Inventprise has grown slowly in Redmond, Washington, expanding into four research and manufacturing facilities to support the initial development of a range of vaccines since its founding in 2012.
The company is now poised to advance an experimental vaccine for pediatric pneumococcal disease in human trials with new funding from the Bill & Melinda Gates Foundation.
The foundation will provide up to $ 90 million for Phase 1 and 2 trials of the vaccine, depending on Inventprise development and manufacturing milestones.
Pneumonia is the leading cause of death from infectious diseases in children around the world. The disease accounts for 15% of deaths in children under the age of five and killed more than 800,000 in 2017, according to the World Health Organization.
Infantile pneumococcal disease can be caused by dozens of microbes, but current vaccines do not offer complete protection. Inventprise’s experimental vaccine protects against 25 bacteria, more than currently used vaccines.
“The vaccine we designed increased the number of strains to increase the umbrella of protection,” CEO Subhash caper he told GeekWire in an email.
The company has grown to more than 100 employees and previously received more than $ 100 million from the Gates Foundation.
Inventprise also provides contract services to life science companies at its R&D and manufacturing facilities in Redmond. Its fourth facility, at 70,000 square feet, will be fully operational in 2022.
Contract services make up only a small revenue stream now, but the company aims to develop that portion of its business next year.
Inventprise’s pneumococcal vaccine is based on a technology that allows multiple components of the vaccine to be put together without losing the potency of the vaccine. The key is a “linker” molecule that connects the components and increases their visibility to the immune system, allowing for a strong protective response.
Declining effectiveness can plague vaccines as more components are added. But the Inventprise linker allows for the development of multi-component but high-potency “conjugated” vaccines.
The company says its pneumococcal vaccine candidate outperforms approved shots in preclinical studies.
The linker was developed in-house after the company was founded by Kapre, a former executive of the Serum Institute of India, a large vaccine manufacturer.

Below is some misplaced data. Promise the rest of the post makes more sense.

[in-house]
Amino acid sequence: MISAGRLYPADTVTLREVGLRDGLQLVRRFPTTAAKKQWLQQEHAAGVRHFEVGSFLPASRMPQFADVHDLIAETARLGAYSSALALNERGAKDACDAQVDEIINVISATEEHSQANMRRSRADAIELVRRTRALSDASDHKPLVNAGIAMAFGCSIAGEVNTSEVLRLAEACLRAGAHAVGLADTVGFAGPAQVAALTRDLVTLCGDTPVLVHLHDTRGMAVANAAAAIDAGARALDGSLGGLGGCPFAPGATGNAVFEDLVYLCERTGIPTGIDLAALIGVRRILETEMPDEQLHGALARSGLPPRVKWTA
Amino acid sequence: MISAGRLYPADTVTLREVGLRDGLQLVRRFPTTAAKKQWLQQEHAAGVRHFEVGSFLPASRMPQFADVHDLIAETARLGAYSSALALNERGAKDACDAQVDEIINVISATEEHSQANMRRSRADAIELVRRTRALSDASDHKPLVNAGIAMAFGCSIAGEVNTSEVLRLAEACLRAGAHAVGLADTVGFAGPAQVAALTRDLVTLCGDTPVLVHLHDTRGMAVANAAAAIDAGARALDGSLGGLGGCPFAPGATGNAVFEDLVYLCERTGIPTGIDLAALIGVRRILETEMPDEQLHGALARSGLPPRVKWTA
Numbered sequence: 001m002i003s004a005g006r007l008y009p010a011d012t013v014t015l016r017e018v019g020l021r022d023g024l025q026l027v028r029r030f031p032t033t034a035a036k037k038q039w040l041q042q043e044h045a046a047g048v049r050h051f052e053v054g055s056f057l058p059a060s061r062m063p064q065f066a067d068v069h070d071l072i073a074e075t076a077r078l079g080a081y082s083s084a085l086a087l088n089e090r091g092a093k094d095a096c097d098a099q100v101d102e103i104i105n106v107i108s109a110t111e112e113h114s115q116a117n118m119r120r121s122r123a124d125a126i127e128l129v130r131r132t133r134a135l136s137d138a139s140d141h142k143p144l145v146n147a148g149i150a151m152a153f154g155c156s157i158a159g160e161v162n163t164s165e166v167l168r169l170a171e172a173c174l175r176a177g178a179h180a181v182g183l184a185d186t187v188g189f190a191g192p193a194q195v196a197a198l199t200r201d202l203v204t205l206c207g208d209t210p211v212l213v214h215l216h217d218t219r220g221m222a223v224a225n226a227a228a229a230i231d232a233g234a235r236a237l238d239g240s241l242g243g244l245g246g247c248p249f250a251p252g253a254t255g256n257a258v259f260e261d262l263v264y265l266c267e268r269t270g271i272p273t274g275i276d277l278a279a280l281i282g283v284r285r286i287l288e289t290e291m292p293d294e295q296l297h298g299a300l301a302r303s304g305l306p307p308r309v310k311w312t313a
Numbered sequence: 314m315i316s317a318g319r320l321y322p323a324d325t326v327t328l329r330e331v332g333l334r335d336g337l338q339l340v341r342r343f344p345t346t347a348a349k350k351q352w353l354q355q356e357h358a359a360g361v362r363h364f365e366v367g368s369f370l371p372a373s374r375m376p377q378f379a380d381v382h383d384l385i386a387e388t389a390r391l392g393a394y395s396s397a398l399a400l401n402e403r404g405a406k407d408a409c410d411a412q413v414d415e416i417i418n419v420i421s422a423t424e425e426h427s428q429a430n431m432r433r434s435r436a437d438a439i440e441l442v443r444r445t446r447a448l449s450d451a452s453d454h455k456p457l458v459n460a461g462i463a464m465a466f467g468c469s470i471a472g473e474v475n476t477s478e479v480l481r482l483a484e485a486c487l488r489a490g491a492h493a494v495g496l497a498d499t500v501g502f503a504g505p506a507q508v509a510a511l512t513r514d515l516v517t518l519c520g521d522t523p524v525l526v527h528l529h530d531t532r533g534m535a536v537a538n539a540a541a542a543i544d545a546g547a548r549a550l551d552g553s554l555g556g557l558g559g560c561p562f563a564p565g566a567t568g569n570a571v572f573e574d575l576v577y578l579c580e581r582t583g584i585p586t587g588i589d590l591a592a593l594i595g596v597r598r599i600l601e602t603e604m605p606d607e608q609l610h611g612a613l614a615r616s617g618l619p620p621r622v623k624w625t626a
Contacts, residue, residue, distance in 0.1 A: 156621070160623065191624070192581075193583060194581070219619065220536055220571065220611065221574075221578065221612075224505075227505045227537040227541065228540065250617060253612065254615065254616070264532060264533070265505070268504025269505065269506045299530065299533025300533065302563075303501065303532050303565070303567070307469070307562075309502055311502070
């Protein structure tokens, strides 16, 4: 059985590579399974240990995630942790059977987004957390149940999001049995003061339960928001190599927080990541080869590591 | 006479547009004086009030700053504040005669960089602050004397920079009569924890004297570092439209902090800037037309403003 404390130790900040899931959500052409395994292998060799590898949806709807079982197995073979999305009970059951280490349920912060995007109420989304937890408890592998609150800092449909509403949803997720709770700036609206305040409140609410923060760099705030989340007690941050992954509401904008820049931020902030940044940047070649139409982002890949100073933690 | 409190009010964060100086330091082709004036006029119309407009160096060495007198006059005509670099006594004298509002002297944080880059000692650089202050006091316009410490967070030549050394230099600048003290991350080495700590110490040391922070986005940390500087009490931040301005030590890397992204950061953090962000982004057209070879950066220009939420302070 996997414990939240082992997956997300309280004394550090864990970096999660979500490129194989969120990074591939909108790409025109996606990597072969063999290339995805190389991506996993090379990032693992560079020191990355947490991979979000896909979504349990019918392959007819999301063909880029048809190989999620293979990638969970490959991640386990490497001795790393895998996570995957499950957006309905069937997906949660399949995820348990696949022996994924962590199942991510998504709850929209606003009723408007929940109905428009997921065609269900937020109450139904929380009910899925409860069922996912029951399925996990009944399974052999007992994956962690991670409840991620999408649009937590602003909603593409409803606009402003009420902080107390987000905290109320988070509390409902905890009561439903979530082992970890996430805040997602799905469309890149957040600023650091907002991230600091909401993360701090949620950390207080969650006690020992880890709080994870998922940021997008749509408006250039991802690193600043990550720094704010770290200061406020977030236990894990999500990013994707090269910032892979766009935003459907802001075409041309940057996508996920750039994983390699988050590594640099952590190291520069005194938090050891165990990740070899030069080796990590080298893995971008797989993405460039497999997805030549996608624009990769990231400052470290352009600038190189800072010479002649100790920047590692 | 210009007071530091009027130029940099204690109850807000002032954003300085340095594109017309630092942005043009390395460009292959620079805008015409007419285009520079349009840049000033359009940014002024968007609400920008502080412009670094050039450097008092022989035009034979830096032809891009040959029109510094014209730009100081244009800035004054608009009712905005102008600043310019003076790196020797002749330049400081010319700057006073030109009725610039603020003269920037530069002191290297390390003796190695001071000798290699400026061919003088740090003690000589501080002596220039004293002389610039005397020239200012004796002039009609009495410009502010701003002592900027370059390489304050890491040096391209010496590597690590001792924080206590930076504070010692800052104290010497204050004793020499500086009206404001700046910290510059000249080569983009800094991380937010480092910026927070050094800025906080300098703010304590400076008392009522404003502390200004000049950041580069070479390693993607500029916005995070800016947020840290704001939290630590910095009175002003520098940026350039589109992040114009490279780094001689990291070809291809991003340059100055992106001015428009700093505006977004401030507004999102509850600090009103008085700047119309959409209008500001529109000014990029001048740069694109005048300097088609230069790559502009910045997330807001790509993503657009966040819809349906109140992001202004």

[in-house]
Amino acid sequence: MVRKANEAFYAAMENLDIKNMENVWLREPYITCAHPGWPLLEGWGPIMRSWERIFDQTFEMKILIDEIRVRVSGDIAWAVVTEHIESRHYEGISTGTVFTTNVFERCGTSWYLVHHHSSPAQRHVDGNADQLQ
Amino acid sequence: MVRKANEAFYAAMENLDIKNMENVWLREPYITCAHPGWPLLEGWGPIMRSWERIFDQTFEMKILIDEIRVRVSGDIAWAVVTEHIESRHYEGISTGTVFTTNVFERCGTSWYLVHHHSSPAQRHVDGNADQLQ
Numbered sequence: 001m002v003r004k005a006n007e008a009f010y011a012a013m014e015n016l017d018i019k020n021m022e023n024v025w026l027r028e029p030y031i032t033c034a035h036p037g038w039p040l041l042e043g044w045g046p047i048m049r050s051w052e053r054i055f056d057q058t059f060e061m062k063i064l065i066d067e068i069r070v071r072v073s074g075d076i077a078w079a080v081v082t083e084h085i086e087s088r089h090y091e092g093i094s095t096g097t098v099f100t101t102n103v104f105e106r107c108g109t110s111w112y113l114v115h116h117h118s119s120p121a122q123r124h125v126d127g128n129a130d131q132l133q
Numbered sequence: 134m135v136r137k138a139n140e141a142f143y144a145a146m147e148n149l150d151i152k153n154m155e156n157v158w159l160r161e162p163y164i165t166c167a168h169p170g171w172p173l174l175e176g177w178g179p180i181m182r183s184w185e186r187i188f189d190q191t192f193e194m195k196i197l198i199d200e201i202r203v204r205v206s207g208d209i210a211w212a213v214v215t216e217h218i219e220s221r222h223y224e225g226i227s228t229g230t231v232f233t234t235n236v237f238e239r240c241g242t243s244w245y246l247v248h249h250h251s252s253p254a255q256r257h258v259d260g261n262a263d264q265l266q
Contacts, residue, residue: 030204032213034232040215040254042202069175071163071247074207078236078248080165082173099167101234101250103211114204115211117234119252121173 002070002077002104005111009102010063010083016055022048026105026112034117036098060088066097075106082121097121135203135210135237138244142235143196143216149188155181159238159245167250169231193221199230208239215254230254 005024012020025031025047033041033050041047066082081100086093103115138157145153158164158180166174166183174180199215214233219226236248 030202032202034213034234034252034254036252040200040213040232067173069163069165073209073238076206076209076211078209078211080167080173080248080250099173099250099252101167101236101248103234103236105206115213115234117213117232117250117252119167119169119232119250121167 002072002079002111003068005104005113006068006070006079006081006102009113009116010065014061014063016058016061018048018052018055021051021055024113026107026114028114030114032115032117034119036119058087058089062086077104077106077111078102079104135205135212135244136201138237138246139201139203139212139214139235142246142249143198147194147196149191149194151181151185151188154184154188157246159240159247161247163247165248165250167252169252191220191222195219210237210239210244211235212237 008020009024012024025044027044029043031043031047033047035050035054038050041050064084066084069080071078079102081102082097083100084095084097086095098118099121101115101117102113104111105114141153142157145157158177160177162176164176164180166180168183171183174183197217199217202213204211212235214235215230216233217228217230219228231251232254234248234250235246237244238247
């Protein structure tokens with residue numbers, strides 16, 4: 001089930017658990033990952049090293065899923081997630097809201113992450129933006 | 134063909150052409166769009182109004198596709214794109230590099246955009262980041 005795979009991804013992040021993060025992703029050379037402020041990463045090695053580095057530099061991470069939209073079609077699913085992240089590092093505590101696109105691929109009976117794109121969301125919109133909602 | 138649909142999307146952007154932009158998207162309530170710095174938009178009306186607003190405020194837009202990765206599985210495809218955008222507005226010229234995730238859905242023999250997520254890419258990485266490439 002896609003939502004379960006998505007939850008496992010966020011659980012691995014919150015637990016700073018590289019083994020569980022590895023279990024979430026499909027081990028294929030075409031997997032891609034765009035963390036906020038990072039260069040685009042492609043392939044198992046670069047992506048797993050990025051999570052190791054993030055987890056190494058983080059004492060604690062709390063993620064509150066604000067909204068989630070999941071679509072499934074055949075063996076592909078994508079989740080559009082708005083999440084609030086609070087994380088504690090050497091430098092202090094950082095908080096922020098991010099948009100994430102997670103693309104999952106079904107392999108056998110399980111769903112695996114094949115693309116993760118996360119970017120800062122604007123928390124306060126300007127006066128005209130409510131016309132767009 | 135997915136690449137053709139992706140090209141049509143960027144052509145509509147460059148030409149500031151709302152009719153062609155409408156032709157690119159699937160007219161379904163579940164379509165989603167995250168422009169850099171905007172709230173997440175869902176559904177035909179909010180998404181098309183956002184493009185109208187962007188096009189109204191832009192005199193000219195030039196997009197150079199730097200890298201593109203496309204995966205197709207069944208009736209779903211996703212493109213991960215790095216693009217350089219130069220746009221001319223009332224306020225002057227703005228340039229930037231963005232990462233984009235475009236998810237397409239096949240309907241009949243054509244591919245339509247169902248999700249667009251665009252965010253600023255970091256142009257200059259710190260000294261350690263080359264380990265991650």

Kapre’s team at Inventprise first tested the linker in preclinical studies for a Haemophilus type A influenza vaccine.
“Surprisingly, applying it to other conjugated products we found that it yielded similar results, and we quickly realized we had a technology platform at our fingertips that could be used for the development of a number of conjugated vaccines,” said Kapre. The linker is used in six other candidate vaccines at Inventprise.
The company has preclinical programs for rotavirus, shigella, yellow fever, meningitis, and other diseases. It is also in the early stages of developing a pediatric COVID-19 vaccine to protect against several variants.
The new funding is part of the Gates Foundation strategic investment fund to support the private sector. If the new vaccine is successful, it will be affordable and affordable for low- and middle-income countries, according to the foundation.
“The scientific community must strive to develop more effective vaccines to protect the most vulnerable children from multiple strains of this devastating disease,” he said. Keith Klugman, director of the foundation’s pneumonia program, in a press release. In addition to pneumonia, pneumococcal bacteria can also cause ear and sinus infections and other diseases.
The market is potentially huge. Pfizer’s Prevnar-13 vaccine has gone into action $ 5.95 billion in sales for the pharmaceutical giant last year.
Pfizer and Merck are competing to develop new pneumococcal vaccines. This summer, the United States Food and Drug Administration approved Pfizer’s new 20-strain vaccine and Merck’s 15-strain vaccine in adults. Both companies are aiming for approval for children, which represent 80% of the market.
Future iterations of Inventprise’s pneumococcal vaccine could generate even broader protection. The company is now testing an injection against 32 bacterial strains. Kapre said the researchers “will continue to add as many strains as the technology allows.”